6 Reasons Why You Should Avoid Pesticides

July 8, 2013

2013EWGPesticideGuidesml-1On Monday I blogged about the new pesticide guide by the Environmental Working Group that will help you navigate the world of produce and avoid fruits and veg with high amounts of pesticides. Just in case you have no idea why you should care about pesticides, I’ve decided to expand on the subject and pass along some recent research that links food pesticides to specific health issues.

1. Pesticides can boost the growth of dangerous bacteria in the gut. A study published in the journal of Current Microbiology found that the active ingredient in Roundup, one of the most commonly used pesticides, interferes with health bacteria in the guts of animals possibly leading to stronger and more resistant strains of dangerous disease causing organisms. For example three different strains of salmonella were found resistant to the antibiotics used in chickens’ guts, and it is likely that with continued exposure to the pesticides, more dangerous strains will continue develop. What does that have to do with us, the consumers? Well Roundup is used on almost all corn and soy products and then that same corn and soy is used as feed for animals. When we humans then in turn consume this produce or the meat that lived off of the pesticide laden corn and soy, it can expose us to dangerous viruses and bacteria.

2. You can literally, loose a few brain cells or worse contract Parkinson’s or Alzheimer’s disease. In a review published in Critical Reviewers in Toxicology, researchers found that low level exposure to organophosphates, the most widely used pesticides in the world can cause permanent brain damage. This includes permanent effects on memory, information processing and cognitive functioning. Using an overview of research within a twenty year span, researchers concluded that there is a significant correlation between consumption of these kinds of pesticides and brain damage. “Several studies have shown a link between pesticide exposure and the onset of Parkinson’s disease, Alzheimer’s disease, as well as other neurological conditions such as epilepsy. The main path of exposure is airborne: breathing pesticides. Recently, UCLA researchers looked at Central Valley residents diagnosed with Parkinson’s disease, and found that “years of exposure to the combination of these two pesticides [the herbicide paraquat and fungicide maneb] increased the risk of Parkinson’s by 75 percent,” (Science Daily).

3. Pesticides endanger a wide range of wild life. Very recently in Oregon 25,000 bees were found dead or dying. The cause of death is being investigated but the widespread use of pesticides is suspected to be related. Runoff from  pesticides get also gets absorbed into soil and can coat the seeds that many birds and small mammals eat. The more we treat nature with pesticides and insecticides, the more we are in danger of loosing or deleteriously affecting species of insects and animals that depend on plant life to thrive.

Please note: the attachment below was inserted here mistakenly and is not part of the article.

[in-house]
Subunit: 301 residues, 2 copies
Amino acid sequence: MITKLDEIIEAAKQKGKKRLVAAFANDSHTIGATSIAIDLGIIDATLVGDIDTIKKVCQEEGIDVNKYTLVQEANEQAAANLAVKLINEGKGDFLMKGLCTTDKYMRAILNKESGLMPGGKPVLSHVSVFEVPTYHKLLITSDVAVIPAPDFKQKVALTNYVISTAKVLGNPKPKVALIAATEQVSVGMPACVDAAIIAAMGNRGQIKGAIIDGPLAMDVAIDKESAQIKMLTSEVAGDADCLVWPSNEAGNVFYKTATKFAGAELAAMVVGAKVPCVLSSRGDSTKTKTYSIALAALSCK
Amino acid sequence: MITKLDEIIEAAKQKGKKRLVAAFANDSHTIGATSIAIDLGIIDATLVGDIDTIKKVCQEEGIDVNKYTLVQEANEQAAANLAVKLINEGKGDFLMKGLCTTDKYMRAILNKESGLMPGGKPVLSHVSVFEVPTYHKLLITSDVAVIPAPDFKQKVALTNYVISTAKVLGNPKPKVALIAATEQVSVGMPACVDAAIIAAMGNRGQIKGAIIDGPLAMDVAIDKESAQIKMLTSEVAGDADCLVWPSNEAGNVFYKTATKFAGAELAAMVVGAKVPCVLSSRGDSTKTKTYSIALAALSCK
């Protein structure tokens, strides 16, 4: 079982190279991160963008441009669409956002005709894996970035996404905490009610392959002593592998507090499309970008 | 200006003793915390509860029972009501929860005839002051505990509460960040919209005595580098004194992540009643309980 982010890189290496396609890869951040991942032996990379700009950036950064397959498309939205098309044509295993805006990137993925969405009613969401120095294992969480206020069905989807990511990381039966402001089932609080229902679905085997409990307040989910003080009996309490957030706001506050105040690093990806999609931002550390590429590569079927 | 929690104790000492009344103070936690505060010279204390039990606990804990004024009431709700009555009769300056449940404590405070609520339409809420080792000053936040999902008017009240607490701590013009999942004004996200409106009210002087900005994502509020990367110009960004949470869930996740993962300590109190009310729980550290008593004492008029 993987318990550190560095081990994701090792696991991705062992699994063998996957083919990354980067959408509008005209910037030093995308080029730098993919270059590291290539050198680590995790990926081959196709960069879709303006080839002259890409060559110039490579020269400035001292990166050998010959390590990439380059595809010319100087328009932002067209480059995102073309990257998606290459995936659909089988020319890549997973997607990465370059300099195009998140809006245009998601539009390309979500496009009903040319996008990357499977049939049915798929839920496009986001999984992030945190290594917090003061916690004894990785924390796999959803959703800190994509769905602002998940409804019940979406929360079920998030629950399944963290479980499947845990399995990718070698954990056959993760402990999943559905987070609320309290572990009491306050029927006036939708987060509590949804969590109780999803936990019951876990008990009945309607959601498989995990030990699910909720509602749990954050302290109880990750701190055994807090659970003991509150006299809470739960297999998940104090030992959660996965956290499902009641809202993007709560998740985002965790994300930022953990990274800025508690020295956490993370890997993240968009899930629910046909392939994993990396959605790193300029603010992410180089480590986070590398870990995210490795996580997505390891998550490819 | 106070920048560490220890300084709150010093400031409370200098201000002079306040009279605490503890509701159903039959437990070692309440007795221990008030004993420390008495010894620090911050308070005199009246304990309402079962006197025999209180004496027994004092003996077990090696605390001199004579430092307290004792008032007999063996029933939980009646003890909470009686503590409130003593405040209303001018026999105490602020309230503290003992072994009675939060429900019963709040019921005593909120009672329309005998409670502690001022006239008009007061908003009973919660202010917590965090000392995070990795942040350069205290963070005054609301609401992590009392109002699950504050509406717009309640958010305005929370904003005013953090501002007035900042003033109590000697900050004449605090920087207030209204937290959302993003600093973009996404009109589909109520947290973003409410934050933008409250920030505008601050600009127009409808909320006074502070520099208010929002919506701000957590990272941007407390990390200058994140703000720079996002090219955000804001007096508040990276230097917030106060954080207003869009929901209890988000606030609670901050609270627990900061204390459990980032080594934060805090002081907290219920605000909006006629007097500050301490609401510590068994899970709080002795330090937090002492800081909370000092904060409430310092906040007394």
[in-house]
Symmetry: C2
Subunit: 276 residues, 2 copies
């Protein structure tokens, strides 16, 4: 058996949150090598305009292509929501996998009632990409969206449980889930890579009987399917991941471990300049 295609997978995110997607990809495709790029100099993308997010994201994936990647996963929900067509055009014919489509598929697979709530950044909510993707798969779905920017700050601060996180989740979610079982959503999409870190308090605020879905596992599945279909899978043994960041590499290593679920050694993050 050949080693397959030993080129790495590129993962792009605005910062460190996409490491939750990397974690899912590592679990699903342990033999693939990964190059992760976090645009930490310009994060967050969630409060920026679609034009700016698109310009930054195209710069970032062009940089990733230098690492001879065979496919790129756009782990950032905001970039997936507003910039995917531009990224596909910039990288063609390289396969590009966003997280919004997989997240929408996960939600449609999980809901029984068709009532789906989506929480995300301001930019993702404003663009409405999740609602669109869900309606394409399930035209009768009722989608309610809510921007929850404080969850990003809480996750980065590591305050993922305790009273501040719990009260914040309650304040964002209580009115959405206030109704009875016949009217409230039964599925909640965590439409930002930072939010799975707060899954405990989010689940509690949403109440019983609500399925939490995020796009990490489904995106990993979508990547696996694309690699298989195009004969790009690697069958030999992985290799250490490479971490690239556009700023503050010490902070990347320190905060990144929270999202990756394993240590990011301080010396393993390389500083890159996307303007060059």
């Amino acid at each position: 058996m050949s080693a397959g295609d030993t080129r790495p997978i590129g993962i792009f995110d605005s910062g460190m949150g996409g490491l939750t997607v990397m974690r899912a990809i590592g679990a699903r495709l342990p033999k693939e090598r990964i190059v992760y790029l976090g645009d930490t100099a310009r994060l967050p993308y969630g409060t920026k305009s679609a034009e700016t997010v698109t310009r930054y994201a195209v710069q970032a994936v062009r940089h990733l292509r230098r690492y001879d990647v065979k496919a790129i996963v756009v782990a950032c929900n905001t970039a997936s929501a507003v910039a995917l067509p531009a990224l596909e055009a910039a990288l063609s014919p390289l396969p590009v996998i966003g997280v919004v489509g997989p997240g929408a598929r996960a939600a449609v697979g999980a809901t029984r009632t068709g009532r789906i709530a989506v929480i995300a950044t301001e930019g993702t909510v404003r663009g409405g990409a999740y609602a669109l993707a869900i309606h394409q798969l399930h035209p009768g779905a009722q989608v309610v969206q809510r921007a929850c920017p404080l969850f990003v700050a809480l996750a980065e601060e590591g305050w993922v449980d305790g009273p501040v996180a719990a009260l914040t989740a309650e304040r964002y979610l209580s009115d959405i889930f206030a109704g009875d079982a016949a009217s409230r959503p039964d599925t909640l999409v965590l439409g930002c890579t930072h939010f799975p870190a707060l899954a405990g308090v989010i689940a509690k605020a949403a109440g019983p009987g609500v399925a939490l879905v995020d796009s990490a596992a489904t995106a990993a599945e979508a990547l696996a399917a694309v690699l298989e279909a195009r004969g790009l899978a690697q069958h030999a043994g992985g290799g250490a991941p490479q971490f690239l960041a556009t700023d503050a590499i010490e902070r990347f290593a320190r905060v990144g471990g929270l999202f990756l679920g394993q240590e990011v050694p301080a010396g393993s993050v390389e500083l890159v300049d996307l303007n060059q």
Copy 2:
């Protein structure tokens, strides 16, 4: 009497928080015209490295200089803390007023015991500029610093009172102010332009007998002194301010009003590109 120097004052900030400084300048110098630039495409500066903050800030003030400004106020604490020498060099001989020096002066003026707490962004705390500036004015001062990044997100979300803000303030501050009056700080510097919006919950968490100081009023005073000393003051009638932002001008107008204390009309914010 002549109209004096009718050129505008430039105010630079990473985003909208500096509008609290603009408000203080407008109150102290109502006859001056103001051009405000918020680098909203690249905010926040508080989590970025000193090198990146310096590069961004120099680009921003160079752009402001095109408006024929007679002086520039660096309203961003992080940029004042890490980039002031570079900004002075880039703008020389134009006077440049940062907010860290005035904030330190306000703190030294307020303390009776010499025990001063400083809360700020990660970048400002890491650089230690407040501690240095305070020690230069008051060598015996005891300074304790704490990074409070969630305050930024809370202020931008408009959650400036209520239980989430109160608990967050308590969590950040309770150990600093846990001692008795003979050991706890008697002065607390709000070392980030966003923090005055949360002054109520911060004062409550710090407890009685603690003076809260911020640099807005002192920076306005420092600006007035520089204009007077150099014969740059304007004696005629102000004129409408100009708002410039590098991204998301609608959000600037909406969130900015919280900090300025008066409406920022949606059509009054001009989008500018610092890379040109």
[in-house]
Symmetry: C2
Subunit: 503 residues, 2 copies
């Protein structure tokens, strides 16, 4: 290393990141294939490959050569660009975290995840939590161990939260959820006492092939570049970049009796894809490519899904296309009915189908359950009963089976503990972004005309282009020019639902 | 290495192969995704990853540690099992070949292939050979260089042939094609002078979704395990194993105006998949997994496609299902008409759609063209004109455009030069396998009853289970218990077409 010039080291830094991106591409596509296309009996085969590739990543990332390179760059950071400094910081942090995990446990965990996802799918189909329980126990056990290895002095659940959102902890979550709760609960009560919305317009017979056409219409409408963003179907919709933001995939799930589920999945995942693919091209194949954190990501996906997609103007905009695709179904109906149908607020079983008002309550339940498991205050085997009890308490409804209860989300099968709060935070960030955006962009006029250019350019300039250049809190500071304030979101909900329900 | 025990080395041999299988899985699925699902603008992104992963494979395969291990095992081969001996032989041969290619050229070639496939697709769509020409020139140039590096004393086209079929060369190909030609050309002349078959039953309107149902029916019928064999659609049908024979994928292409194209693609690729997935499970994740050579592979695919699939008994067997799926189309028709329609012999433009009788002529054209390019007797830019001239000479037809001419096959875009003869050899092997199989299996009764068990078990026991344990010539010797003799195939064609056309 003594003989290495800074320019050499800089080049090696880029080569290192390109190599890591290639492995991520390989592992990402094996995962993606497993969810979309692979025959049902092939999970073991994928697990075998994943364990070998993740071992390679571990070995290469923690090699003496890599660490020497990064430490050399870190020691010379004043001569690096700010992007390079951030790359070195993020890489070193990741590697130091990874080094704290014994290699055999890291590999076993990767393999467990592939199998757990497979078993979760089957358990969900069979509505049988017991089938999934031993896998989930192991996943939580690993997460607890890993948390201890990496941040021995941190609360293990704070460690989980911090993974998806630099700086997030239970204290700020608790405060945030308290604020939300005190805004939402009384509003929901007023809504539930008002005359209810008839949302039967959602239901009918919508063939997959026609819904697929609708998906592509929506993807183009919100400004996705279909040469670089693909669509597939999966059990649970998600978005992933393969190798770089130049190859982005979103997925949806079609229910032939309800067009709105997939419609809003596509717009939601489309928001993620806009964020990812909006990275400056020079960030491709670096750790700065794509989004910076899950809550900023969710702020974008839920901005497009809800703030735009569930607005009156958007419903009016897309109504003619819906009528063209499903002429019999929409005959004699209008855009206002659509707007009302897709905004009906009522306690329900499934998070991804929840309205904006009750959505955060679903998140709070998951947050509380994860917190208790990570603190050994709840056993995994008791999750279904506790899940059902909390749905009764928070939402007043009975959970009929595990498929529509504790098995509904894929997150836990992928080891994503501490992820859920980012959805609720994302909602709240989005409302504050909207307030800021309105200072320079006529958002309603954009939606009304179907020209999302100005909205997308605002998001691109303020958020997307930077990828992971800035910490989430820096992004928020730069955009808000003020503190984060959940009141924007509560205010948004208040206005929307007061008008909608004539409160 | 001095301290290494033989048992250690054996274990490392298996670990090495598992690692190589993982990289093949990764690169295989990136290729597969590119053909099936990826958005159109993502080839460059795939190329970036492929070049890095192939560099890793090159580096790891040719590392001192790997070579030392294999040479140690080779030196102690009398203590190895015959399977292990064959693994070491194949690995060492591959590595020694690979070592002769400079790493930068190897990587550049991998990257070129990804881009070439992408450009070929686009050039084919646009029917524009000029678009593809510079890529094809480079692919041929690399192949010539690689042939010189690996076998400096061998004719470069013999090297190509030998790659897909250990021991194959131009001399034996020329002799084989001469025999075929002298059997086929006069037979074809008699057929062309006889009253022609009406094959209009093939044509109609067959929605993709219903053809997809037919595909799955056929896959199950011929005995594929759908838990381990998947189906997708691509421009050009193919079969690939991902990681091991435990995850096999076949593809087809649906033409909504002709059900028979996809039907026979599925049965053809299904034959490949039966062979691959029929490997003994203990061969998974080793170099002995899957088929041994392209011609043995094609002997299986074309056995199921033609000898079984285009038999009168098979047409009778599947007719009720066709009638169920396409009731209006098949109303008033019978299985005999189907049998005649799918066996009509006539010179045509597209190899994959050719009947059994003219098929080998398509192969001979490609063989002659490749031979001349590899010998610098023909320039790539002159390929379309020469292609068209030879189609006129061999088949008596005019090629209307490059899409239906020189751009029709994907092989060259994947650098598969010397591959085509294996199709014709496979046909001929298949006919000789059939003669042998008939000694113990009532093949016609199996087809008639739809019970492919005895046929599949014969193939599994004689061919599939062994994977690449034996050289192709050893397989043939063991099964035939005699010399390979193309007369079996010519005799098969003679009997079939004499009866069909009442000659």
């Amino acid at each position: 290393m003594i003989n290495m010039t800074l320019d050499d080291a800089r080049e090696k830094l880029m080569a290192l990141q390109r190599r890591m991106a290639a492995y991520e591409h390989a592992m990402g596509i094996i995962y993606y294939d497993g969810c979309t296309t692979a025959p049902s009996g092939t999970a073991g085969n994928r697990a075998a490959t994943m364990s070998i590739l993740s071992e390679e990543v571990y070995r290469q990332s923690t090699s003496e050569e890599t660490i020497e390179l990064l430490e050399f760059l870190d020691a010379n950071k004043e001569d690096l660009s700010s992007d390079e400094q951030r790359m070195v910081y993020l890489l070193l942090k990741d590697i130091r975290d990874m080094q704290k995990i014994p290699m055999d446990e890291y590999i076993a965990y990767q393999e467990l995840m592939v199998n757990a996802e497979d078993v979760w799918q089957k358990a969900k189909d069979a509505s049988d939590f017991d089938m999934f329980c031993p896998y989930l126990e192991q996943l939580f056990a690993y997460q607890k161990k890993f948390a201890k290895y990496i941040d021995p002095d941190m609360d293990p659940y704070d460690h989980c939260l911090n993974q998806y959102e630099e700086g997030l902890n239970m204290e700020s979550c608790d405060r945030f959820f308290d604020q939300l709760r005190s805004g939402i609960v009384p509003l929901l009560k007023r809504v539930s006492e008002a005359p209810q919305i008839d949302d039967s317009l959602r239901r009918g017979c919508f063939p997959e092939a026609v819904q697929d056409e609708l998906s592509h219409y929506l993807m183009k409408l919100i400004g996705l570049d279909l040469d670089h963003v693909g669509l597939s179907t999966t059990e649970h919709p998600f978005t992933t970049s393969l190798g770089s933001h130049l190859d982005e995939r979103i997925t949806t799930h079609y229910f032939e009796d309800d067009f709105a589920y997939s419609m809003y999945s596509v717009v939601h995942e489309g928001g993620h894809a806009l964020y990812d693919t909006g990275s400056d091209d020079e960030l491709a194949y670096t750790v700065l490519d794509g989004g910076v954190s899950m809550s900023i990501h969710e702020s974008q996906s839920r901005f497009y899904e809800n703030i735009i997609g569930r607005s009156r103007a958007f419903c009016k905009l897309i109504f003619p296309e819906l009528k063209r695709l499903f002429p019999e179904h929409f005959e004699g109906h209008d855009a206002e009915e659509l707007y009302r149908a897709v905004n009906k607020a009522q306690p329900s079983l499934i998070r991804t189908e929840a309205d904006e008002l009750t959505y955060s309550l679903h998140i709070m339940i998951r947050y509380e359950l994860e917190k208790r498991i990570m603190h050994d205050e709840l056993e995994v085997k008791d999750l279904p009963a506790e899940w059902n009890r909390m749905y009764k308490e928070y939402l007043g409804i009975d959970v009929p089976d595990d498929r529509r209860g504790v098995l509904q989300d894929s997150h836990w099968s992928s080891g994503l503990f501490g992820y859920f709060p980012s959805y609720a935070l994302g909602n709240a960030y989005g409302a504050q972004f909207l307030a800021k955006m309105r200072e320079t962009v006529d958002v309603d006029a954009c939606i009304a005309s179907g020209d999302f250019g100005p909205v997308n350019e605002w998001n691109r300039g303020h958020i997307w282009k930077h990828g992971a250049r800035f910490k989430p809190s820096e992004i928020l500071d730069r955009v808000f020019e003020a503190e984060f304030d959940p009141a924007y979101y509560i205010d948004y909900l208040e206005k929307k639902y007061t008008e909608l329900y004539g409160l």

4. Pesticides have been linked to cancer. Research has shown that exposure to pesticides  is linked to breast, and prostate cancer as well as non-Hodgkin’s lymphoma. The Agricultural Health Study monitored over 54,000 people who applied pesticides and within fourteen years over 1,900 of them were diagnosed with prostate cancer, of which 919 cases were aggressive. Of the 48 pesticides involved in the data collection, four showed a significant correlation with the aggressive form of prostate cancer. 

5. Not enough thorough research to support safety. With pesticides, there is very little to no preemptive research before widespread use. Which means that we will not know the full effects that the toxins were are being exposed to now will have on us years from now. For example DDT which is now banned in the U.S. was considered okay for widespread use until research proved otherwise. “One recent study found higher levels of miscarriages among women exposed to DDT (in the 1950s), and reproductive disorders associated with DDT are well documented in animal studies[6,7]. Another recent study found developmental delays among babies and toddlers exposed in the womb[8]. Other studies have linked DDT to reduced breast  milk production, premature delivery and reduced infant birthweights[9,10]. DDT is classified by US and international authorities as a probable human carcinogen[11].” Rather than waiting to feel the effects of the latest pesticides, it’s best to take serious measures to reduce the amount that you are exposed to through food.

6. Pesticides are dangerous for kids.  Children are less capable to metabolise, detoxify and excrete chemicals. In addition because of their low body weight and the fact that their bodies are developing, pesticides are doubly harmful for kids than adults. Check out the video below which elaborates more on this point.


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